By Jane Gray
Landscape Director & Earthkind Specialist
Fort Bend County Master Gardeners
February is the month for celebrating presidents’ birthdays, groundhogs weather predicting abilities, love, and roses.
A visitor to the Ft. Bend County Master Gardener demonstration gardens will observe roses in the cottage garden, around the vegetable garden, in the Earthkind garden, and around the Outdoor classroom gazebo. The garden that best demonstrates the type of roses that do well in Ft. Bend County is the rose garden in front of the Bud O’Shieles Community Center.
The one characteristic all these roses have in common is that they are grown on their own root (not grafted). This criteria, along with plant selection, provides us with hardy, disease resistant, low care roses that require less water, no pesticides, and very little fertilizer.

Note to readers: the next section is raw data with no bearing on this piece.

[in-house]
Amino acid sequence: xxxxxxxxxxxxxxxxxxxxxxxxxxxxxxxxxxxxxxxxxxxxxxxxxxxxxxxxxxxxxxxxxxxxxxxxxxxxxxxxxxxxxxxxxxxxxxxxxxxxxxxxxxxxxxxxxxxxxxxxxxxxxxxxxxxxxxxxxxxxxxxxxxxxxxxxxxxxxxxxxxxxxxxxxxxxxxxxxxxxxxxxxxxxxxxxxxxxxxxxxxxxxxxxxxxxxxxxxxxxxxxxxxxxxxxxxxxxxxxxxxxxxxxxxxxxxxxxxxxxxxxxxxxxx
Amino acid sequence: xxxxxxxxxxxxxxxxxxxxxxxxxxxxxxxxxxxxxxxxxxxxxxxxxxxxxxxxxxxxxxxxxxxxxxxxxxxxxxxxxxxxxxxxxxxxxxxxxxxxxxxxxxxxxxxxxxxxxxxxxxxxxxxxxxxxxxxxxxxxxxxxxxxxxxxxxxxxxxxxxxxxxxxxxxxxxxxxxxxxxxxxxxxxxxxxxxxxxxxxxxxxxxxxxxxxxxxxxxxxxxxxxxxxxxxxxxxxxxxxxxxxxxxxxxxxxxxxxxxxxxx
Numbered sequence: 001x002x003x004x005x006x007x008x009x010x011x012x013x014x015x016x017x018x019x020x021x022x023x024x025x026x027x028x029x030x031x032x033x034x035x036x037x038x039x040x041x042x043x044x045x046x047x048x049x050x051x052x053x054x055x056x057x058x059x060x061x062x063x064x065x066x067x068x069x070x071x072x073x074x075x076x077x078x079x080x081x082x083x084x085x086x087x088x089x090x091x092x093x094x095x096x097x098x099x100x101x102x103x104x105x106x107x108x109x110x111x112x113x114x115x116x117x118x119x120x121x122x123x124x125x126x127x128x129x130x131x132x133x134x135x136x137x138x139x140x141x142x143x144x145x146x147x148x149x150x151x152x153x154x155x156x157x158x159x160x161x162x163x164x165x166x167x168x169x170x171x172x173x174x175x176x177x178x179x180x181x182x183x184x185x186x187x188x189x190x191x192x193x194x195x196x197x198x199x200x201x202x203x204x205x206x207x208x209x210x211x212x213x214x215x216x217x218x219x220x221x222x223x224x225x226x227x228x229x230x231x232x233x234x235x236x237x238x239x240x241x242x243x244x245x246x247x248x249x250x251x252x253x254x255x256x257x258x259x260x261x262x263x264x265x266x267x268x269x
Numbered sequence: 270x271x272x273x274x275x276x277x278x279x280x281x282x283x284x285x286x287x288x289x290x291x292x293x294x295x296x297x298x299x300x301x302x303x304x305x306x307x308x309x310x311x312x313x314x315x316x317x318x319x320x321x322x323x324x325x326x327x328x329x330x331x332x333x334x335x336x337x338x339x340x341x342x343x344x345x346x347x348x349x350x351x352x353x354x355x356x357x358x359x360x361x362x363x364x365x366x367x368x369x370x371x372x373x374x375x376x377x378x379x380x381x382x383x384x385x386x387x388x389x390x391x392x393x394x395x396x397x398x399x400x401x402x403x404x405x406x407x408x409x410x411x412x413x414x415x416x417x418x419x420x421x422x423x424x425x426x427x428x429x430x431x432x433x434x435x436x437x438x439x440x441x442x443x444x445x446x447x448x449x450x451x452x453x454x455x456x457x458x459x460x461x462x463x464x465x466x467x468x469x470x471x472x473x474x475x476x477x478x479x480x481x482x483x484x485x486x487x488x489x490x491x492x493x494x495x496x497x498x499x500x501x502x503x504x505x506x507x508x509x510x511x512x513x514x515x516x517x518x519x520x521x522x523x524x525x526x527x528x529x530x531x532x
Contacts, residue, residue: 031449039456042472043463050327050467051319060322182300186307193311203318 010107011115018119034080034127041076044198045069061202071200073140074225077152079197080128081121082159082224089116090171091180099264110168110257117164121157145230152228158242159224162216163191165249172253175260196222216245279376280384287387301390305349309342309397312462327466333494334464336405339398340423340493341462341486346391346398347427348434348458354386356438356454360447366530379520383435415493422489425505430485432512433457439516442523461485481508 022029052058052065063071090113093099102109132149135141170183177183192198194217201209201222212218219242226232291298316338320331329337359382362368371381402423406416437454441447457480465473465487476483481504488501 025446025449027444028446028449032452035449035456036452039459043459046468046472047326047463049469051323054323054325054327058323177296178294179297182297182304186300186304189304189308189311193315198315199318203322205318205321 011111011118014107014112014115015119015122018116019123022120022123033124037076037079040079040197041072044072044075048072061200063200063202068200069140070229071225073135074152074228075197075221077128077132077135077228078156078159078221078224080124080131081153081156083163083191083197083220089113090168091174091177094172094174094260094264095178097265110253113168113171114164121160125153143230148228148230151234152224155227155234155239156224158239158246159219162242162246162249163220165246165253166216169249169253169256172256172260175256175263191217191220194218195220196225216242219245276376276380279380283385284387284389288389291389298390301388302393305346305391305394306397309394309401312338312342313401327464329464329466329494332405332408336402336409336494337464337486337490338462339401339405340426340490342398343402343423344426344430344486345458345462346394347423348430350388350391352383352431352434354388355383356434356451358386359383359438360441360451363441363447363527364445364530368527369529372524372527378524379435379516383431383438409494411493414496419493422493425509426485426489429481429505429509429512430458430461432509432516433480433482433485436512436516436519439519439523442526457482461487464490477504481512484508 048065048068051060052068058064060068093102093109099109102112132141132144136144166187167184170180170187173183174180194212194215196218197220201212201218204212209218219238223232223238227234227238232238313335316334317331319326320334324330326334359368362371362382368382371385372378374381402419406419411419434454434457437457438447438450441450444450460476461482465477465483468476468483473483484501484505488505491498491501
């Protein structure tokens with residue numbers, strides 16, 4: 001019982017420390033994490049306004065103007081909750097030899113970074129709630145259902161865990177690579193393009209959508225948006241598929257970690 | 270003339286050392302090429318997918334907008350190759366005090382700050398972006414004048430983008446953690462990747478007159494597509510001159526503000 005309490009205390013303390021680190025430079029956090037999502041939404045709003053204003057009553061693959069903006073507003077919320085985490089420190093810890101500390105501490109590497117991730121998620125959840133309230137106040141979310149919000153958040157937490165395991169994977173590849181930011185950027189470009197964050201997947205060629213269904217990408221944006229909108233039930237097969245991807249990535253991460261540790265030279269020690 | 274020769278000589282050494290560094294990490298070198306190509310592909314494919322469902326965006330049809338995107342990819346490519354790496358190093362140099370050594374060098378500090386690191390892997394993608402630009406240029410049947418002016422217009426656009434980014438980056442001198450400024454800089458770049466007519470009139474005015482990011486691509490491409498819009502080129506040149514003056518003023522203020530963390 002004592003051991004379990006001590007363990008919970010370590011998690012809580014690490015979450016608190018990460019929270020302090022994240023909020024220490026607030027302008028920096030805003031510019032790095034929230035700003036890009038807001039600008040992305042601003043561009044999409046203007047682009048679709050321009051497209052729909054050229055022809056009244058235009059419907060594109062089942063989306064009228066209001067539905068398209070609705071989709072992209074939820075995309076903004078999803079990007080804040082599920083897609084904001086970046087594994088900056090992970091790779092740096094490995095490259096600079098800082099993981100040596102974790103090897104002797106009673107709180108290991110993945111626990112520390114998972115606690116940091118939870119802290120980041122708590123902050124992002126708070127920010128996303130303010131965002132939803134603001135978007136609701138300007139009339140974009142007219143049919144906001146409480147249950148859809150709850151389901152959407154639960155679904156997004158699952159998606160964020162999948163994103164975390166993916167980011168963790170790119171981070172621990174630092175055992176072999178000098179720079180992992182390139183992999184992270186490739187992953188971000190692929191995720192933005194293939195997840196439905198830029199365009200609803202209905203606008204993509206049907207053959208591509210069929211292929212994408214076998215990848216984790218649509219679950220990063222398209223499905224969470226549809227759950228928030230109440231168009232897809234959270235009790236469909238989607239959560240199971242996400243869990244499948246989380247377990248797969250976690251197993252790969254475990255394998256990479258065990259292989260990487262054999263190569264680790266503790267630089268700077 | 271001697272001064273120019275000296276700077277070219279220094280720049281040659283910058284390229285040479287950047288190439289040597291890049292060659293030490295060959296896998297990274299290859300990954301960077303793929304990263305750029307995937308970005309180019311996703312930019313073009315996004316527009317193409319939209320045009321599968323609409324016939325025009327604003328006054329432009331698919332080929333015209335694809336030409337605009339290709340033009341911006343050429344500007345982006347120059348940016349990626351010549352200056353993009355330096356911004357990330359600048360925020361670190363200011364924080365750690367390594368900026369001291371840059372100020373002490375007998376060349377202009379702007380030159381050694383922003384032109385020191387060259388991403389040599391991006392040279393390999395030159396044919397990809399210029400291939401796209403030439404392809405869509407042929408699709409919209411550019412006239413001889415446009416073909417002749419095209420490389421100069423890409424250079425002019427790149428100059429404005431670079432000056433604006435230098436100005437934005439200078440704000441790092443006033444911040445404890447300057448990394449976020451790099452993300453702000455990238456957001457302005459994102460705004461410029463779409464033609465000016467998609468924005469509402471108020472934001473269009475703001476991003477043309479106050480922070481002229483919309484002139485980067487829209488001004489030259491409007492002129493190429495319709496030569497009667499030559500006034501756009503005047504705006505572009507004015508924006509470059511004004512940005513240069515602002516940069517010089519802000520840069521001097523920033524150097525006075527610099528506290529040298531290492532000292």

These roses may be old garden roses, members of the Earthkind series, or from breeders such as Dr. Griffith Buck, David Austin, or Kordes. They are often fragrant, supply an abundance of blooms, come in a variety of sizes and growth habits, and offer many colors.
In order to have an abundance of blooms roses require full sun (6 to 8 hours per day) to provide good growth.
In February, we pay special attention to roses, not only to give on St. Valentine’s Day, but also because this is the time that they get their major pruning to insure wonderful blooms the rest of the year.
Here are some major points about pruning of roses:
- Be sure to sharpen and sterilize pruners to deter the spread of disease.
- Remove dead canes, those that grow toward the center of the plant, and those that rub against another cane.
- Open the center of the plant to improve air circulation.
- Cut back and shape the plant. You may choose to cut back one-third of the plant or give it a more ruthless trimming down to 18 to 24 inches from the ground.
- Clean out any debris around the plant and add mulch, leaving space around the base.